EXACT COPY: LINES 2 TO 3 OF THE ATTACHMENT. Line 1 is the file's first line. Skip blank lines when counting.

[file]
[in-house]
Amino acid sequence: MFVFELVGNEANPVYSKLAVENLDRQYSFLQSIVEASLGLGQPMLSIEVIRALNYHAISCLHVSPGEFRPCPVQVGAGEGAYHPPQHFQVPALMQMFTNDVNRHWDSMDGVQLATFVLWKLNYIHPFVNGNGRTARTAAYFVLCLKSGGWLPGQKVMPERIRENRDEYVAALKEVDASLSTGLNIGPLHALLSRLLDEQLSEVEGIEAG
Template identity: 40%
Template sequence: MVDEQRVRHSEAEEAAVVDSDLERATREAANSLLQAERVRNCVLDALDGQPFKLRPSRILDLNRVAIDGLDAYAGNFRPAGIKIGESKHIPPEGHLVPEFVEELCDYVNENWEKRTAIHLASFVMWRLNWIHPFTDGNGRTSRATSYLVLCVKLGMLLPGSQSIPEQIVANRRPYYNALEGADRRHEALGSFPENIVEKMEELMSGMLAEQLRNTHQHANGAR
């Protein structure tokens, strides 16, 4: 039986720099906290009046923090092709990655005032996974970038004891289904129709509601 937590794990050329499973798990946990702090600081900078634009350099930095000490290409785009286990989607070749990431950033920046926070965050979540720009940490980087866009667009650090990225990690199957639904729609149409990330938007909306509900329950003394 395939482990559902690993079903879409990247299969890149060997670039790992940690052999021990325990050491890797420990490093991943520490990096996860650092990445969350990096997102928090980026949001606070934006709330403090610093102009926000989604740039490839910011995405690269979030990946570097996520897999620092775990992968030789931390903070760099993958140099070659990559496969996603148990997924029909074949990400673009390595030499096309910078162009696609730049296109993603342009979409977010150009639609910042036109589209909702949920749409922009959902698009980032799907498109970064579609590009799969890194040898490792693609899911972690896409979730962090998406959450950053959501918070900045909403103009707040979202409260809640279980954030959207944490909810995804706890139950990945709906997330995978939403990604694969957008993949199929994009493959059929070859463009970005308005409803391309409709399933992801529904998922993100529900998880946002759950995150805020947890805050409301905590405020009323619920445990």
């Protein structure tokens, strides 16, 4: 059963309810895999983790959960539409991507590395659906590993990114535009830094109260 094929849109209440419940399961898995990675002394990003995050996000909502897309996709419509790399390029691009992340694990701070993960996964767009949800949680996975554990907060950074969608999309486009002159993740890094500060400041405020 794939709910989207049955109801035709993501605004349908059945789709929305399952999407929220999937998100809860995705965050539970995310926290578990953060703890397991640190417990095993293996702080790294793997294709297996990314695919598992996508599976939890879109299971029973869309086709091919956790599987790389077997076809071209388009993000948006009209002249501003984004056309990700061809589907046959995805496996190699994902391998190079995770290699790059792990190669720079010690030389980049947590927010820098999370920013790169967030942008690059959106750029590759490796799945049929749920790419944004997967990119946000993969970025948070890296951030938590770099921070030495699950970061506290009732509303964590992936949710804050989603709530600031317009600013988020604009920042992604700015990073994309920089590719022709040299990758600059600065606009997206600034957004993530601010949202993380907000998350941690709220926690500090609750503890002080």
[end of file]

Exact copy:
Amino acid sequence: MFVFELVGNEANPVYSKLAVENLDRQYSFLQSIVEASLGLGQPMLSIEVIRALNYHAISCLHVSPGEFRPCPVQVGAGEGAYHPPQHFQVPALMQMFTNDVNRHWDSMDGVQLATFVLWKLNYIHPFVNGNGRTARTAAYFVLCLKSGGWLPGQKVMPERIRENRDEYVAALKEVDASLSTGLNIGPLHALLSRLLDEQLSEVEGIEAG
Template identity: 40%